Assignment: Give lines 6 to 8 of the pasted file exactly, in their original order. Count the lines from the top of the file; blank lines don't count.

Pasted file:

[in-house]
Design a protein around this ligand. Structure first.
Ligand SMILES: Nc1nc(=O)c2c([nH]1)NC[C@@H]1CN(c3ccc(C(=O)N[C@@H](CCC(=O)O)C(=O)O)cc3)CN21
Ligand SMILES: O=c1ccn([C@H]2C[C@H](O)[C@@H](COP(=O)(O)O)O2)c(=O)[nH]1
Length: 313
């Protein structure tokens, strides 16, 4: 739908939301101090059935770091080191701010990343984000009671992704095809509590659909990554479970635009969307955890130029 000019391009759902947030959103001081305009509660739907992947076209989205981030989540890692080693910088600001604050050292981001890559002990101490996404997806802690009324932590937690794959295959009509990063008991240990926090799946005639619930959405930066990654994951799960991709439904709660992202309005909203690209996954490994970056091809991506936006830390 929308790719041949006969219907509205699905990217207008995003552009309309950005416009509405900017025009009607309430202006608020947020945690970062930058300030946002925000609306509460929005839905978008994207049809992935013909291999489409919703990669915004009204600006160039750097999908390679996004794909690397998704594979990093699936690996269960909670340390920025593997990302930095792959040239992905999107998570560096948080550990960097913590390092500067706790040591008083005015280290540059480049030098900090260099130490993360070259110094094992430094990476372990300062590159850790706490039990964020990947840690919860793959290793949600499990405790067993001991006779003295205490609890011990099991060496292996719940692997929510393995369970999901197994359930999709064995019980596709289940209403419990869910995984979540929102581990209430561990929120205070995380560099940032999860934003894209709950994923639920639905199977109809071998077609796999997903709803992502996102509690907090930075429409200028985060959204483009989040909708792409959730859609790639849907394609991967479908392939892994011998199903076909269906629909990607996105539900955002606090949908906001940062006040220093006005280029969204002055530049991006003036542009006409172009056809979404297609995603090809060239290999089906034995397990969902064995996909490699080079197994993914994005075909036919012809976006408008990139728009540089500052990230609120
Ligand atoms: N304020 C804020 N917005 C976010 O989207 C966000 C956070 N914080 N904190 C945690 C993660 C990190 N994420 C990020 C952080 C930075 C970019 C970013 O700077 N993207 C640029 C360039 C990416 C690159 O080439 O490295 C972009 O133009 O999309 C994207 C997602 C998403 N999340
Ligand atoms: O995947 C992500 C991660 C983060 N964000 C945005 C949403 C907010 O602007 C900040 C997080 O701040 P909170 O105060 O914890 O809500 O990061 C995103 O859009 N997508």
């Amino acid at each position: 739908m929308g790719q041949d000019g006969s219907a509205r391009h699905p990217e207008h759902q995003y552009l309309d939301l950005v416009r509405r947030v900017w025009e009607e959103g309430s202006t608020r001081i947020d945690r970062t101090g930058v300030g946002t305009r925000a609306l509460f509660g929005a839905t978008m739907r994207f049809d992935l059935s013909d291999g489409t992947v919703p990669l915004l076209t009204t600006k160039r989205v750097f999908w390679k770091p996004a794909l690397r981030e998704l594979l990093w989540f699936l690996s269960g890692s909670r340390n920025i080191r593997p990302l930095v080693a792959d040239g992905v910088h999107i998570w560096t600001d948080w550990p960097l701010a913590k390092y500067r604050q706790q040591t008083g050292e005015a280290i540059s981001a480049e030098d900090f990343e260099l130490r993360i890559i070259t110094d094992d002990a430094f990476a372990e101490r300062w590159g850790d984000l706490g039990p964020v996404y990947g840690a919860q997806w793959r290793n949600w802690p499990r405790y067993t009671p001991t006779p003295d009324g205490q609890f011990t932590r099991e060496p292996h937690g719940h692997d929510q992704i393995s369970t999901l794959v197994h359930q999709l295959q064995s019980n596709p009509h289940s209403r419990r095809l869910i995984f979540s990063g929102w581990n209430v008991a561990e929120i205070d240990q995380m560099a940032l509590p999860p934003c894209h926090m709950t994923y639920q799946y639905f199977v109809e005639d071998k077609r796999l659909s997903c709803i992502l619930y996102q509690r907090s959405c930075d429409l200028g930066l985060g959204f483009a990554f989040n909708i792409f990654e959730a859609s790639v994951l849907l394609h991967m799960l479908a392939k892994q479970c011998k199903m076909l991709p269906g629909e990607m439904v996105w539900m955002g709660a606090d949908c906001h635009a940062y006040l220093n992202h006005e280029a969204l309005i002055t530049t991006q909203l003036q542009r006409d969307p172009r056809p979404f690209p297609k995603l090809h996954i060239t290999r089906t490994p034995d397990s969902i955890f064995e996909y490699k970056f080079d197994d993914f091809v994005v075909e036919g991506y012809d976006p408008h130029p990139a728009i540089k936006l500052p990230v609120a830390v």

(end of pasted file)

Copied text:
């Protein structure tokens, strides 16, 4: 739908939301101090059935770091080191701010990343984000009671992704095809509590659909990554479970635009969307955890130029 000019391009759902947030959103001081305009509660739907992947076209989205981030989540890692080693910088600001604050050292981001890559002990101490996404997806802690009324932590937690794959295959009509990063008991240990926090799946005639619930959405930066990654994951799960991709439904709660992202309005909203690209996954490994970056091809991506936006830390 929308790719041949006969219907509205699905990217207008995003552009309309950005416009509405900017025009009607309430202006608020947020945690970062930058300030946002925000609306509460929005839905978008994207049809992935013909291999489409919703990669915004009204600006160039750097999908390679996004794909690397998704594979990093699936690996269960909670340390920025593997990302930095792959040239992905999107998570560096948080550990960097913590390092500067706790040591008083005015280290540059480049030098900090260099130490993360070259110094094992430094990476372990300062590159850790706490039990964020990947840690919860793959290793949600499990405790067993001991006779003295205490609890011990099991060496292996719940692997929510393995369970999901197994359930999709064995019980596709289940209403419990869910995984979540929102581990209430561990929120205070995380560099940032999860934003894209709950994923639920639905199977109809071998077609796999997903709803992502996102509690907090930075429409200028985060959204483009989040909708792409959730859609790639849907394609991967479908392939892994011998199903076909269906629909990607996105539900955002606090949908906001940062006040220093006005280029969204002055530049991006003036542009006409172009056809979404297609995603090809060239290999089906034995397990969902064995996909490699080079197994993914994005075909036919012809976006408008990139728009540089500052990230609120
Ligand atoms: N304020 C804020 N917005 C976010 O989207 C966000 C956070 N914080 N904190 C945690 C993660 C990190 N994420 C990020 C952080 C930075 C970019 C970013 O700077 N993207 C640029 C360039 C990416 C690159 O080439 O490295 C972009 O133009 O999309 C994207 C997602 C998403 N999340
Ligand atoms: O995947 C992500 C991660 C983060 N964000 C945005 C949403 C907010 O602007 C900040 C997080 O701040 P909170 O105060 O914890 O809500 O990061 C995103 O859009 N997508």